Digglum Bestiaruim ~ The Digglers' Crest

The Digglers

At one time, I had amassed twenty two mogs at my small holding. Unfortunately, many were ferals. Sammy P (2) one of the cats was having considerable trouble with his ears and the vet diagnosed ear mites. This was proving to be a problem. Although, Sammy P could be treated, I because could not handle the ferals consequently they would re-infect the other cats. The vet however, heard of a new radical treatment. A drug related to a chemical used in sheep dip could be injected and would not only eradicate the mites but the eggs as well. This appeared to be the answer to my prayers but a nightmare for my friends and the vet was about to begin.

The vet (brave woman) said she would be willing to inject all the cats providing I could get them to the surgery. Easy? Where was I going to get twenty two cat baskets? Fortunately, most of the Digglers came from local cat sanctuaries. These were cats that could not be homed in a normal home environment. These sanctuaries were my first port of call. It took me several days to collect all the baskets. Now I had to find transport! Many of my friends offered to use their cars to transport the mogs to the vet's. The only remaining problem was to catch the ferals. I had to make sure all the cats were treated otherwise if only one was left, it would re-infect the others. What a problem, how was I to catch the ferals? I could hardly expect them to walk freely into a basket! A volunteer from Cats Action Trust - a society that is involved with ferals said he would help. The vet was contacted and a date for the mass inoculation was fixed.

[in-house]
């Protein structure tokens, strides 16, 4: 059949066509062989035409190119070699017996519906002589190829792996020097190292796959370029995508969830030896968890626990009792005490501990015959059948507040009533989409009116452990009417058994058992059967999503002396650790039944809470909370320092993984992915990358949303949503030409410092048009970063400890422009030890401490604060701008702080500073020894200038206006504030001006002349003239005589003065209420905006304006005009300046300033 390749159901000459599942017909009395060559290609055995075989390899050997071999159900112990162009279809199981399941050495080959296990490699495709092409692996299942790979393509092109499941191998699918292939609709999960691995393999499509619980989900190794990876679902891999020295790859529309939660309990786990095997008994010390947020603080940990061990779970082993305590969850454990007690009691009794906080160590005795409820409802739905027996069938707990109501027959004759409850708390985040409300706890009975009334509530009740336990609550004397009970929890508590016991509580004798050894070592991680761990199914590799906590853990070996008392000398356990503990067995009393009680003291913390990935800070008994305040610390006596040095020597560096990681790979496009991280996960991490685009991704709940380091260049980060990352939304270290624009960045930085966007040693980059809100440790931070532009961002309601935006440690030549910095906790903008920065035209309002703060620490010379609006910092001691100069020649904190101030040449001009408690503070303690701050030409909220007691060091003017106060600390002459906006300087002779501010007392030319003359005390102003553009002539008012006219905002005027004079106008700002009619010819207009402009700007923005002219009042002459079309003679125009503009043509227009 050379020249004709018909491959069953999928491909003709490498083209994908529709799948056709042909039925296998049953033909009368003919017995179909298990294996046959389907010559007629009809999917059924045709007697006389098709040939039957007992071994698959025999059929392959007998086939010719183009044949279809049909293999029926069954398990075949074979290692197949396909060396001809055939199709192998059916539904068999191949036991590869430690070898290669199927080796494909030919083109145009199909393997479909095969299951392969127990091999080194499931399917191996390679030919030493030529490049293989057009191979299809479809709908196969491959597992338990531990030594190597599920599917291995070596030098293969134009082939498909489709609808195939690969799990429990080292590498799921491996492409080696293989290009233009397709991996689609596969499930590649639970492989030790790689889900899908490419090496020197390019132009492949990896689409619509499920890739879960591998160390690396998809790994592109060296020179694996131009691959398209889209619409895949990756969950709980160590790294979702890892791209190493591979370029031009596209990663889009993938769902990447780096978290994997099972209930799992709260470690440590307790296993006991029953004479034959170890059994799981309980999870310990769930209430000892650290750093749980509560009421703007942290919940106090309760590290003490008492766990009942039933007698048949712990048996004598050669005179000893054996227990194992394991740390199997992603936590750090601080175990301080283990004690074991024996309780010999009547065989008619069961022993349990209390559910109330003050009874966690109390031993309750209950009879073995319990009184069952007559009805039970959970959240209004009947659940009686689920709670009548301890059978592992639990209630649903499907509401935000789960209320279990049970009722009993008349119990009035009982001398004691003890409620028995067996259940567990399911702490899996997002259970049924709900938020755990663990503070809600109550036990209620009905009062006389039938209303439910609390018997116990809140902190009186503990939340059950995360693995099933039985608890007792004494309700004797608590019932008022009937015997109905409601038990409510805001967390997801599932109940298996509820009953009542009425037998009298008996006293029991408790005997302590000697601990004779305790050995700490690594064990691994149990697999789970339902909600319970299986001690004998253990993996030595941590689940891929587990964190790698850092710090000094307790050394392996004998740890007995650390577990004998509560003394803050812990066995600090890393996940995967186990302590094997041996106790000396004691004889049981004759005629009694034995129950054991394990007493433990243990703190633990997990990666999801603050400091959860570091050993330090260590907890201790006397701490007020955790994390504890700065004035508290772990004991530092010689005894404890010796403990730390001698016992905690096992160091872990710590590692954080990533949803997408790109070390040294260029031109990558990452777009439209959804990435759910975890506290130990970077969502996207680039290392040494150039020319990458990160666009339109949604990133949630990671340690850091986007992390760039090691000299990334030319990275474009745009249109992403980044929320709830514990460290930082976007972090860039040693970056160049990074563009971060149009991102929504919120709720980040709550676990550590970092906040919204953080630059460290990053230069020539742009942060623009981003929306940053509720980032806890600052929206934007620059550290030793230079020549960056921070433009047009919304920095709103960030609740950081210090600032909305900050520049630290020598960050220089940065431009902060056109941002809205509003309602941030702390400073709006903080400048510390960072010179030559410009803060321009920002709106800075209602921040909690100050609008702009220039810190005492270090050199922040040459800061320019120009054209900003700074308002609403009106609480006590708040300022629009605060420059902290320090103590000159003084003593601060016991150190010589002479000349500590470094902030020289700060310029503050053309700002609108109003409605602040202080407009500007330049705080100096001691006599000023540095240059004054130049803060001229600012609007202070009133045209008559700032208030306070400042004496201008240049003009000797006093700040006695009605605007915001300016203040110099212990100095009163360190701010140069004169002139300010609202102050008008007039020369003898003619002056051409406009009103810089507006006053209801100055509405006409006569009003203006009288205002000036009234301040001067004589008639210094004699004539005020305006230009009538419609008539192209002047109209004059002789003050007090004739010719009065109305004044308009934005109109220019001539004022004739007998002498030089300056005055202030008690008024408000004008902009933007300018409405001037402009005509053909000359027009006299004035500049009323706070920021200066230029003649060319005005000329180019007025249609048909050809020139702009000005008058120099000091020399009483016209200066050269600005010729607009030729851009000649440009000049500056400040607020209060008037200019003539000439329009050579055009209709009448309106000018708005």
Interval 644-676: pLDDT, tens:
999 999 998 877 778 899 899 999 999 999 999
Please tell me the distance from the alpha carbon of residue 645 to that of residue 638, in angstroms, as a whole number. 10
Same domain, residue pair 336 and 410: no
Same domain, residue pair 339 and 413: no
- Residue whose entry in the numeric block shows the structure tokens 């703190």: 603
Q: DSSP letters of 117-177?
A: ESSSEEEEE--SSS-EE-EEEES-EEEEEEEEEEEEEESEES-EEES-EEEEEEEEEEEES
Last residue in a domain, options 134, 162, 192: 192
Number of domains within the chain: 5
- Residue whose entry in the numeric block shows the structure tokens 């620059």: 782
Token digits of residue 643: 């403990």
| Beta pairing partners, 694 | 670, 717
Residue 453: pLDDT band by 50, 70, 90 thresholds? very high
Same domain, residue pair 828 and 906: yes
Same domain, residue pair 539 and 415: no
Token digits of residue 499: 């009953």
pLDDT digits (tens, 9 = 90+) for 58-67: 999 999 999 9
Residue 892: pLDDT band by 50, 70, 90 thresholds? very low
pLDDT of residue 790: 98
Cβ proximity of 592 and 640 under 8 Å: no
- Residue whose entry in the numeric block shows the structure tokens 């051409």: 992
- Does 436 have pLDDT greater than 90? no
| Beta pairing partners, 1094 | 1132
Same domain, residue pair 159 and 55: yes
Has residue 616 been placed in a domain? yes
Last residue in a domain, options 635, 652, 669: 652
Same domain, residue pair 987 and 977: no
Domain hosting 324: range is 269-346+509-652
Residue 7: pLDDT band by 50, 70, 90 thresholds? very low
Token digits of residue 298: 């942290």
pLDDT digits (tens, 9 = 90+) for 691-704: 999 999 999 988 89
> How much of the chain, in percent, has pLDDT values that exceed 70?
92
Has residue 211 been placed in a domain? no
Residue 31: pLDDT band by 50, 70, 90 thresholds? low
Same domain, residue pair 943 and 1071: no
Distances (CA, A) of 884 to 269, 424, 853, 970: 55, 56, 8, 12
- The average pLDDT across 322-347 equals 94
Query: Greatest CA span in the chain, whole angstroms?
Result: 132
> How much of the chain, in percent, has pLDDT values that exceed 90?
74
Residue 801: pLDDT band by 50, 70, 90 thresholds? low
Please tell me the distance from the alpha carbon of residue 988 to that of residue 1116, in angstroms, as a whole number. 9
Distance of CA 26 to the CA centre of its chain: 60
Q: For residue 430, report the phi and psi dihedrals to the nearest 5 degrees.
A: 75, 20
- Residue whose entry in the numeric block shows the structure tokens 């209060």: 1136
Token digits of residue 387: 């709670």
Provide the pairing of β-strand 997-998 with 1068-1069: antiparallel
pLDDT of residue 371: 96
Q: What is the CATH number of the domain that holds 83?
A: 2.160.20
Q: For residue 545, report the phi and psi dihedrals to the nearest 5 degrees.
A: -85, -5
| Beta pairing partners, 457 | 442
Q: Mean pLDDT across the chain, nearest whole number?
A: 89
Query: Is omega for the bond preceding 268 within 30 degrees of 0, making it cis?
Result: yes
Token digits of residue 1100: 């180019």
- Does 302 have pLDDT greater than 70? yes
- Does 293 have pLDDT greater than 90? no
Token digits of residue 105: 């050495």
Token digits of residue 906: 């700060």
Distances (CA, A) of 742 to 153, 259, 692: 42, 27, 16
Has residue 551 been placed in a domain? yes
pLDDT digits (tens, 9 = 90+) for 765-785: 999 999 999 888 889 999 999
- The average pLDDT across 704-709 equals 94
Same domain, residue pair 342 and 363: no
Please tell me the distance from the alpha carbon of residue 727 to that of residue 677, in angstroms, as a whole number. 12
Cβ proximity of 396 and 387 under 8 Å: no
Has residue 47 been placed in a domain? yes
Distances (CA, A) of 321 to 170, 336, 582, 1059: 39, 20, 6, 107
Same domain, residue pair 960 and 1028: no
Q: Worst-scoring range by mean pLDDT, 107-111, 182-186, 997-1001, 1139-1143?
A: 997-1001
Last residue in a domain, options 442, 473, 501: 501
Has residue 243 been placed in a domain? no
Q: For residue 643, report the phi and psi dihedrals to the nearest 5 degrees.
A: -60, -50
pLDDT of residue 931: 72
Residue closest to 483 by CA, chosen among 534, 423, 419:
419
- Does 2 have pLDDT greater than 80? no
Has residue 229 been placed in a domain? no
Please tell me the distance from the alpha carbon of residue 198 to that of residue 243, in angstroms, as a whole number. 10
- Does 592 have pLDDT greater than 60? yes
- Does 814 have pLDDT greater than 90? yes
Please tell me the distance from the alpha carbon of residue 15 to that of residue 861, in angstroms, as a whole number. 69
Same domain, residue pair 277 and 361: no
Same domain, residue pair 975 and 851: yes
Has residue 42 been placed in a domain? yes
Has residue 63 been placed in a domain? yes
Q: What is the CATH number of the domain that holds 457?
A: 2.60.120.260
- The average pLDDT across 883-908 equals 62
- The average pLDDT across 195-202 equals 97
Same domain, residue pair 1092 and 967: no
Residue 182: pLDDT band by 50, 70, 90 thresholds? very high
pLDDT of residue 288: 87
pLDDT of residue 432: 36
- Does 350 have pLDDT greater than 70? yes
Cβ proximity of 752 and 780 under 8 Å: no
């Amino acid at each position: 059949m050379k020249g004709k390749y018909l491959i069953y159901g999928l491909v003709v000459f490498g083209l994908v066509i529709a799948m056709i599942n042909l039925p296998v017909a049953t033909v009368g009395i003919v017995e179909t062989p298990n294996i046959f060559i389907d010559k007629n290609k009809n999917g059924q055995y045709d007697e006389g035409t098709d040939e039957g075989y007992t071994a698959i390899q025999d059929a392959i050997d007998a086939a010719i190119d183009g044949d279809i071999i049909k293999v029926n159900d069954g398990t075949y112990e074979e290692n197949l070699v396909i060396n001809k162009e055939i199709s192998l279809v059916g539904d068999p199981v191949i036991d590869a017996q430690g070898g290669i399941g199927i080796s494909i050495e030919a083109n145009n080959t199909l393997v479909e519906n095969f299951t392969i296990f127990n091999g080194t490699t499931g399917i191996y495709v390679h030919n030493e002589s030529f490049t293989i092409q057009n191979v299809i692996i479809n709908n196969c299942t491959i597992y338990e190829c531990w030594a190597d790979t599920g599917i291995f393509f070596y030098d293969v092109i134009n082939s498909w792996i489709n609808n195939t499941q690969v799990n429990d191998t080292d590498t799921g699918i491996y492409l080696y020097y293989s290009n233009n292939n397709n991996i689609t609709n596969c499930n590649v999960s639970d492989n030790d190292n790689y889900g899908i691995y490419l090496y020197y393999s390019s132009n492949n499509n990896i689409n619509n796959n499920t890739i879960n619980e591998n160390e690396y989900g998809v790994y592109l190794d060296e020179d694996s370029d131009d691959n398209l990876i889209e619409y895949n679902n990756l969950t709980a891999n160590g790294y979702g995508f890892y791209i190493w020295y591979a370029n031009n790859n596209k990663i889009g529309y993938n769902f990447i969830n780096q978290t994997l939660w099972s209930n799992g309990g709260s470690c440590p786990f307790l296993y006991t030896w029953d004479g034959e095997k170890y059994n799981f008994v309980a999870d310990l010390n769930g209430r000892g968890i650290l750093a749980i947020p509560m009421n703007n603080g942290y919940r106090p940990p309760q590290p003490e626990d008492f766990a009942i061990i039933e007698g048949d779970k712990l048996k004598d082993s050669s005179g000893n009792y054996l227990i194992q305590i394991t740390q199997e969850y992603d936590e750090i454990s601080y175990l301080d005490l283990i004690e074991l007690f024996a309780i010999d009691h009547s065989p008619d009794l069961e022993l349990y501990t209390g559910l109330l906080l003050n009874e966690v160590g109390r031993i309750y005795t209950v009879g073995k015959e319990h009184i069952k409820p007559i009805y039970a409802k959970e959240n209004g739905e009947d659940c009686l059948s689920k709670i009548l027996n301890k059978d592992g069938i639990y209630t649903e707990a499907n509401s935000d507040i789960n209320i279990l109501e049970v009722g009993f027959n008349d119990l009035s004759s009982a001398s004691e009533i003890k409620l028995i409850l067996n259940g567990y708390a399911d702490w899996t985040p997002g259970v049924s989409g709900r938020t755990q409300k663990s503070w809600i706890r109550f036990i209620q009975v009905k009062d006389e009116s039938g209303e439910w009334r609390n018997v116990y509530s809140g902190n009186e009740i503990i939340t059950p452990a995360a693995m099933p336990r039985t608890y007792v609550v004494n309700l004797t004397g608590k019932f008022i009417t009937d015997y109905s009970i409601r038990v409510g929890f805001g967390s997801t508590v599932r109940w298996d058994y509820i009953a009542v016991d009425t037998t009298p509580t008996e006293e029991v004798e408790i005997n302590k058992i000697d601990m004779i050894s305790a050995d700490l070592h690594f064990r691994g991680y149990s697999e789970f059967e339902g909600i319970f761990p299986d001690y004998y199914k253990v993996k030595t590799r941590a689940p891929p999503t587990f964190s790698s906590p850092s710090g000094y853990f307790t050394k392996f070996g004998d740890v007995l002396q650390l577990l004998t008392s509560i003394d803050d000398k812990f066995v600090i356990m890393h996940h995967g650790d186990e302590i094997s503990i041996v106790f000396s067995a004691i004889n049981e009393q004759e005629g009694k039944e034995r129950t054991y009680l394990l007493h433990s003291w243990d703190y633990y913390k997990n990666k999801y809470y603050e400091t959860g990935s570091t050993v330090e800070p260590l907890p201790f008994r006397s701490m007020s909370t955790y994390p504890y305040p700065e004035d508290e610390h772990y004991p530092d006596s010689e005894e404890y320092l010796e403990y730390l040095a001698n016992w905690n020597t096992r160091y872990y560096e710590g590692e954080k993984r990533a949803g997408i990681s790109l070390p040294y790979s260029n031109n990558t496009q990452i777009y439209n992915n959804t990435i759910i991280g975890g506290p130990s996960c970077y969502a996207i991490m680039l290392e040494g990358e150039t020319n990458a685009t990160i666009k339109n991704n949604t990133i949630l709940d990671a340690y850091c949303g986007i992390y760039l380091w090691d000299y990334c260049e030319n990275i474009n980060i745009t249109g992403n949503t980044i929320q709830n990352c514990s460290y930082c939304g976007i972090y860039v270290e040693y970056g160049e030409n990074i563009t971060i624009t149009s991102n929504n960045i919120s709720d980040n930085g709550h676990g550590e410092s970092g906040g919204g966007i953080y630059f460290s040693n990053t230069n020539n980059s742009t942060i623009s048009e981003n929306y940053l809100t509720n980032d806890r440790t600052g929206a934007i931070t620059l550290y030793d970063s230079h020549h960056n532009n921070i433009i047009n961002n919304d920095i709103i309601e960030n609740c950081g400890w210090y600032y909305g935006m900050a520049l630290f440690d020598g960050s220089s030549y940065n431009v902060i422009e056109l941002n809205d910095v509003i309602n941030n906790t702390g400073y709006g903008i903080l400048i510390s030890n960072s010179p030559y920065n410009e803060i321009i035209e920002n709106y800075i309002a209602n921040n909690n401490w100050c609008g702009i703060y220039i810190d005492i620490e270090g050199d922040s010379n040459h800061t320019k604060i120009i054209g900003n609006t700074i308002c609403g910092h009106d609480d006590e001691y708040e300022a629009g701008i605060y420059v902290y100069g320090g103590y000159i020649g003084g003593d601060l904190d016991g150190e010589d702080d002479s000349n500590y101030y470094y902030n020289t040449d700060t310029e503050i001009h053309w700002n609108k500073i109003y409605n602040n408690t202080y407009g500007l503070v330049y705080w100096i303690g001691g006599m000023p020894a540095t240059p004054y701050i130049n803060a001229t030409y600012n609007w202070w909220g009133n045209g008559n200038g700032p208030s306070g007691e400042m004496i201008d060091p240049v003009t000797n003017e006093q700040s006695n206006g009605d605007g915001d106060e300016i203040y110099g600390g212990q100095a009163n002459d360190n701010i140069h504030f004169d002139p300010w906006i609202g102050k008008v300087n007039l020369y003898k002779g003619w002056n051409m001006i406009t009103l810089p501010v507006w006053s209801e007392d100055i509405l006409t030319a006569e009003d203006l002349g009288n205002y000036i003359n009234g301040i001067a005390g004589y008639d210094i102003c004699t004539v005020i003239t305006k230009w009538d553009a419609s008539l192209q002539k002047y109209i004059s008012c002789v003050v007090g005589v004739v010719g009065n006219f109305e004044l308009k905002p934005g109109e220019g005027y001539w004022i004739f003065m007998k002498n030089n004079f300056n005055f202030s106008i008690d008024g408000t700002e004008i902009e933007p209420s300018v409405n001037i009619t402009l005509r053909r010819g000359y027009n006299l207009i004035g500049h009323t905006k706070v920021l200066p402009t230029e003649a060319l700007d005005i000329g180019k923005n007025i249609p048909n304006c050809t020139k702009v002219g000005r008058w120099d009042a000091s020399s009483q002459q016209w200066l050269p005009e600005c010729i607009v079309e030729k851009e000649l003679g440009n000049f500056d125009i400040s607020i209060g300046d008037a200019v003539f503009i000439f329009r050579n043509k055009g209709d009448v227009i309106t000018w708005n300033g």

The day arrived. My car friends were given a time to arrive. I arrived earlier and managed to get the catchable cats in baskets. The ferals witnessing this event had a determined look as if to say 'no way!'. The cat-catcher arrived and one by one they disappeared into cat baskets. When my car friends arrived, three baskets were placed in each car and eight cars in convoy set off for the vet's!

When we arrived, thank goodness it was a large waiting room, the cats in baskets were lined up! When the vet arrived and saw all the baskets, she turned a very peculiar colour! As she looked at the ferals, her colour didn't improve! She left and I was very surprised to see her return! She was armed with thick gauntlets! I'm sure she must have helped herself to a few stiff drinks!

One by one, the baskets were carried by a veterinary nurse disappearing into the consulting room. Everyone was quiet waiting for the screams. None came and one by one, the baskets arrived back.

'Never again!' sighed the vet which was echoed by every one and I think that included the cats as well!

The cats made a safe return however, one of the ferals lost all her fur. I think this was due to stress as a few weeks later it started to grow. I was surprised this didn't happen to me!

I decided that if the ear mites returned they would be less stressful for the cats to cope with than another convoy trip to the vet's! Me too!